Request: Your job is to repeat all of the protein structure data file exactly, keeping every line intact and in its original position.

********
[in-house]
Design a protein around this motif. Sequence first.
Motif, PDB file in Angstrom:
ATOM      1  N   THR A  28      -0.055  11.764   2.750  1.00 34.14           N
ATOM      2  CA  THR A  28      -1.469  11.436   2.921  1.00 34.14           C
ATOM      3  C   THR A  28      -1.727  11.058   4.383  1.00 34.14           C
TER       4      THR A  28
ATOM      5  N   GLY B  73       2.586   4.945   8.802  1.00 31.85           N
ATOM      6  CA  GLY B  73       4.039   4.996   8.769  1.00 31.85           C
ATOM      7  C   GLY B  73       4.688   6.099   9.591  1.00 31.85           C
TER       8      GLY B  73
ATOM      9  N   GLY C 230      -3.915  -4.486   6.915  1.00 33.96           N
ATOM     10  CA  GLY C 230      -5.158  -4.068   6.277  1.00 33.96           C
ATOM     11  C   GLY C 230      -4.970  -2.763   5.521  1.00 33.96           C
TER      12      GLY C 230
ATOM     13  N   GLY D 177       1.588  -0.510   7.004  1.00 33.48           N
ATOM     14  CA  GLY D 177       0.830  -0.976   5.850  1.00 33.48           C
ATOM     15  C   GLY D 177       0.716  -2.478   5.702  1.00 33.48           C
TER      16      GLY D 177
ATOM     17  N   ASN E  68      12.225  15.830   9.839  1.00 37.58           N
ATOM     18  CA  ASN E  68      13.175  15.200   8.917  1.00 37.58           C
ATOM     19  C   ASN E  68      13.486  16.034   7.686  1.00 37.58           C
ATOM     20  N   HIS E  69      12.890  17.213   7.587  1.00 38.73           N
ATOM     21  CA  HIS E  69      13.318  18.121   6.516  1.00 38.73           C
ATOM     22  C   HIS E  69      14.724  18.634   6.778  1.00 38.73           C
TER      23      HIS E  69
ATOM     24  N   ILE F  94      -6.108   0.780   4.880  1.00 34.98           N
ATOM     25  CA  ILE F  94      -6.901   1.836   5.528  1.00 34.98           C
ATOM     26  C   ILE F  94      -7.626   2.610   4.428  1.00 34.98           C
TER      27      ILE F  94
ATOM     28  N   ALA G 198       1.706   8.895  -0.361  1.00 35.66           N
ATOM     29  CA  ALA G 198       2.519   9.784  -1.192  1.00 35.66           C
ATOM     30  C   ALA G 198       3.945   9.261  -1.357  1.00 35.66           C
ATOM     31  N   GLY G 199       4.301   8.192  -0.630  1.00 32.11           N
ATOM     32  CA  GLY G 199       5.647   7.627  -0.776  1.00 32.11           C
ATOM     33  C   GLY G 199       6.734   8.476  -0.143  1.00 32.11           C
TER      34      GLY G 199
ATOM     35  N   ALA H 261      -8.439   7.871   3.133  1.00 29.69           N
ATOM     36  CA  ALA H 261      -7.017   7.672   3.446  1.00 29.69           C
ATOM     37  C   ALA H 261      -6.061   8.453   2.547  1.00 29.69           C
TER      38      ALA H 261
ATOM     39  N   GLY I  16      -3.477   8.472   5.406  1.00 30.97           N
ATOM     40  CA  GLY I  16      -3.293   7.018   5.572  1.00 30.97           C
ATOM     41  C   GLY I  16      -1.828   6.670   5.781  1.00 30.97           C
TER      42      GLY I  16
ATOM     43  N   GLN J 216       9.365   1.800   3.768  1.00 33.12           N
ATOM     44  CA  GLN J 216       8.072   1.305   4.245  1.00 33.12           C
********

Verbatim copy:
[in-house]
Design a protein around this motif. Sequence first.
Motif, PDB file in Angstrom:
ATOM      1  N   THR A  28      -0.055  11.764   2.750  1.00 34.14           N
ATOM      2  CA  THR A  28      -1.469  11.436   2.921  1.00 34.14           C
ATOM      3  C   THR A  28      -1.727  11.058   4.383  1.00 34.14           C
TER       4      THR A  28
ATOM      5  N   GLY B  73       2.586   4.945   8.802  1.00 31.85           N
ATOM      6  CA  GLY B  73       4.039   4.996   8.769  1.00 31.85           C
ATOM      7  C   GLY B  73       4.688   6.099   9.591  1.00 31.85           C
TER       8      GLY B  73
ATOM      9  N   GLY C 230      -3.915  -4.486   6.915  1.00 33.96           N
ATOM     10  CA  GLY C 230      -5.158  -4.068   6.277  1.00 33.96           C
ATOM     11  C   GLY C 230      -4.970  -2.763   5.521  1.00 33.96           C
TER      12      GLY C 230
ATOM     13  N   GLY D 177       1.588  -0.510   7.004  1.00 33.48           N
ATOM     14  CA  GLY D 177       0.830  -0.976   5.850  1.00 33.48           C
ATOM     15  C   GLY D 177       0.716  -2.478   5.702  1.00 33.48           C
TER      16      GLY D 177
ATOM     17  N   ASN E  68      12.225  15.830   9.839  1.00 37.58           N
ATOM     18  CA  ASN E  68      13.175  15.200   8.917  1.00 37.58           C
ATOM     19  C   ASN E  68      13.486  16.034   7.686  1.00 37.58           C
ATOM     20  N   HIS E  69      12.890  17.213   7.587  1.00 38.73           N
ATOM     21  CA  HIS E  69      13.318  18.121   6.516  1.00 38.73           C
ATOM     22  C   HIS E  69      14.724  18.634   6.778  1.00 38.73           C
TER      23      HIS E  69
ATOM     24  N   ILE F  94      -6.108   0.780   4.880  1.00 34.98           N
ATOM     25  CA  ILE F  94      -6.901   1.836   5.528  1.00 34.98           C
ATOM     26  C   ILE F  94      -7.626   2.610   4.428  1.00 34.98           C
TER      27      ILE F  94
ATOM     28  N   ALA G 198       1.706   8.895  -0.361  1.00 35.66           N
ATOM     29  CA  ALA G 198       2.519   9.784  -1.192  1.00 35.66           C
ATOM     30  C   ALA G 198       3.945   9.261  -1.357  1.00 35.66           C
ATOM     31  N   GLY G 199       4.301   8.192  -0.630  1.00 32.11           N
ATOM     32  CA  GLY G 199       5.647   7.627  -0.776  1.00 32.11           C
ATOM     33  C   GLY G 199       6.734   8.476  -0.143  1.00 32.11           C
TER      34      GLY G 199
ATOM     35  N   ALA H 261      -8.439   7.871   3.133  1.00 29.69           N
ATOM     36  CA  ALA H 261      -7.017   7.672   3.446  1.00 29.69           C
ATOM     37  C   ALA H 261      -6.061   8.453   2.547  1.00 29.69           C
TER      38      ALA H 261
ATOM     39  N   GLY I  16      -3.477   8.472   5.406  1.00 30.97           N
ATOM     40  CA  GLY I  16      -3.293   7.018   5.572  1.00 30.97           C
ATOM     41  C   GLY I  16      -1.828   6.670   5.781  1.00 30.97           C
TER      42      GLY I  16
ATOM     43  N   GLN J 216       9.365   1.800   3.768  1.00 33.12           N
ATOM     44  CA  GLN J 216       8.072   1.305   4.245  1.00 33.12           C